After a year of working with El comité para tener agua sana, limpia y económica, we’re excited to share our achievements in 2019! Since the community-based organization formed, we’ve held over 12 community platicas, facilitated over 22 private drinking well tests in the area, signed up over 59 households to receive a state funded bottled water service, and raised awareness about local drinking water issues through radio interviews on Radio Bilingue and local NPR station KAZU.In 2020, we will continue holding our monthly meetings to build community knowledge and power, recruit new members to join El Comité, sign up more people for the bottled water service, advocate the state to set a health protective legal limit for chromium-6, and continue organizing communities for long-term drinking water solutions for all.


CWC community organizers have been out in the community of San Benito County connecting with residents to learn more about the drinking water challenges they are facing. So far, CWC has connected 14 homes to the Central Coast Regional Water Board’s free well testing program. From those tests, we have learned arsenic, nitrates and total dissolved solids are key contaminants impacting drinking water in the area.


We have been advocating for the State Water Board to reinstate a health protective chromium-6 legal limit as soon as possible, so that schools and domestic well owners can obtain short-term and long-term solutions. On December 11th, teachers, parents, CWC and allied organizations gave public comment at the Pajaro Valley Unified School District’s Board of Trustees meeting. Teachers and parents requested for PVUSD to provide five gallon jugs of water for all the children and staff at Ohlone Elementary, as an emergency solution to the chromium-6 in their drinking water. They also requested for PVUSD to join them in urging the State Water Board to reinstate a health protective legal limit for chromium-6 and to keep teachers and parents well informed of any action they plan to take to improve access to safe water at schools.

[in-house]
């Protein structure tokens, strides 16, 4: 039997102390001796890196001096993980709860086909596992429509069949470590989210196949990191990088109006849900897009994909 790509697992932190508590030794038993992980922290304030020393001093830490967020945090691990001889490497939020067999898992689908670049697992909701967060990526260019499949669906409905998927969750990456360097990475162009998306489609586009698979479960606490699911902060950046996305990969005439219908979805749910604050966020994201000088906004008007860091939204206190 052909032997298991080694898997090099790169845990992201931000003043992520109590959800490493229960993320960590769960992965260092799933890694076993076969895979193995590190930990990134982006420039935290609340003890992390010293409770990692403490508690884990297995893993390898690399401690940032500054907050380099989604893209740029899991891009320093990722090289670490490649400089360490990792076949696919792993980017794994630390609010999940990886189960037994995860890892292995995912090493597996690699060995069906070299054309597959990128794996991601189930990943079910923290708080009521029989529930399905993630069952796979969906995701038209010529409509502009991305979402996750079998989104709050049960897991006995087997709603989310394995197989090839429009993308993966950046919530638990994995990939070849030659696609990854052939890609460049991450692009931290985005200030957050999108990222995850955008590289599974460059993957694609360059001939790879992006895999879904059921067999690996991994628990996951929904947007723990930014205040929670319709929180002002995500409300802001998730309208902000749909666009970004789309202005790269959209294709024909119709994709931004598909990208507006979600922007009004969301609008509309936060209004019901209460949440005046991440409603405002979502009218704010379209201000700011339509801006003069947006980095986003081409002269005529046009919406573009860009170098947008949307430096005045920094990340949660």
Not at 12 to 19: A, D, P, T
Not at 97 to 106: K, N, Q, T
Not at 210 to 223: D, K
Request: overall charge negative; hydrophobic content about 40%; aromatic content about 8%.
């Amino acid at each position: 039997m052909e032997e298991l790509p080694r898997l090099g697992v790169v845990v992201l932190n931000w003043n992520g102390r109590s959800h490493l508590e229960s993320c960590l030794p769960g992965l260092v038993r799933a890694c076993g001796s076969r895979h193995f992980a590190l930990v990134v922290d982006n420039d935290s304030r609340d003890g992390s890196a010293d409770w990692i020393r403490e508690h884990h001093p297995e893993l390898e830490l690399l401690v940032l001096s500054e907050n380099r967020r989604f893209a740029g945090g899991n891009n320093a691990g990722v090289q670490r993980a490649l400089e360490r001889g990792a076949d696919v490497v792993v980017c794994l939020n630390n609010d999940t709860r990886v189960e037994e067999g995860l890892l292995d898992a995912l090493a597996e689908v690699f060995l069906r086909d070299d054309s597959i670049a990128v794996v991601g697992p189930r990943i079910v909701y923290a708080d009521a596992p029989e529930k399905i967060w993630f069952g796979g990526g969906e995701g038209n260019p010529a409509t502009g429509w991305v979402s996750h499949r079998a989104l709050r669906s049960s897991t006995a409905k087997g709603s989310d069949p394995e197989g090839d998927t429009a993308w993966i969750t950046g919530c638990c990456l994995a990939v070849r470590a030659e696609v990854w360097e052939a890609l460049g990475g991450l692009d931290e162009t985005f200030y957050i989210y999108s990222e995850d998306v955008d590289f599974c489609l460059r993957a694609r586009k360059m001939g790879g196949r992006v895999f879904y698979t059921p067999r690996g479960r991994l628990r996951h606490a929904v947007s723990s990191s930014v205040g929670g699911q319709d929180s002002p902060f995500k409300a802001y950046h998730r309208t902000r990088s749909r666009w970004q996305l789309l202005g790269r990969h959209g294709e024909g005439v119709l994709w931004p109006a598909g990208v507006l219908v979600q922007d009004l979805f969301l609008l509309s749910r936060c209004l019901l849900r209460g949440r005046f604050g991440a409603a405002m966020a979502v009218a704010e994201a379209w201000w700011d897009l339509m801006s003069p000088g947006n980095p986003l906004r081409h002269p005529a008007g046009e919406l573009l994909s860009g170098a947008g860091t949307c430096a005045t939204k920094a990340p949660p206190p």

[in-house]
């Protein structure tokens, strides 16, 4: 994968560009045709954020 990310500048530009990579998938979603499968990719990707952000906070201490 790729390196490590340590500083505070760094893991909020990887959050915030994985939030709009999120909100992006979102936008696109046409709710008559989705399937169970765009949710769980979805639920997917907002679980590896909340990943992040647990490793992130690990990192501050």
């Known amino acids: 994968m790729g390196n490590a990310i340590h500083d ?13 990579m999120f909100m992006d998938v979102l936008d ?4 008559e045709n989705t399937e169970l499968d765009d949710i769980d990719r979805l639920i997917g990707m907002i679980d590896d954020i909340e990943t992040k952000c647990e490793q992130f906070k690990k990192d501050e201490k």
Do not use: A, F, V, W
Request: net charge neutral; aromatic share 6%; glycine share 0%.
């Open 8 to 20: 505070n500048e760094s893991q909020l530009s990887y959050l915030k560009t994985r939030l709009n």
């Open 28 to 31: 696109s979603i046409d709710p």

CWC believes in holding elected officials accountable for safe and affordable drinking water and conducts civic engagement projects to educate and engage voters on drinking water issues in their communities. Over the span of 15 days, our project team contacted more than 2,000 Tulare County Latino voters! They talked to voters about the newly passed Safe and Affordable Drinking Water Fund, and what kind of support will be available to address drinking water issues across the state. Many voters reached rely on private wells, who are eligible to benefit from this Fund. We're excited about the team's success and will keep building on this momentum into 2020!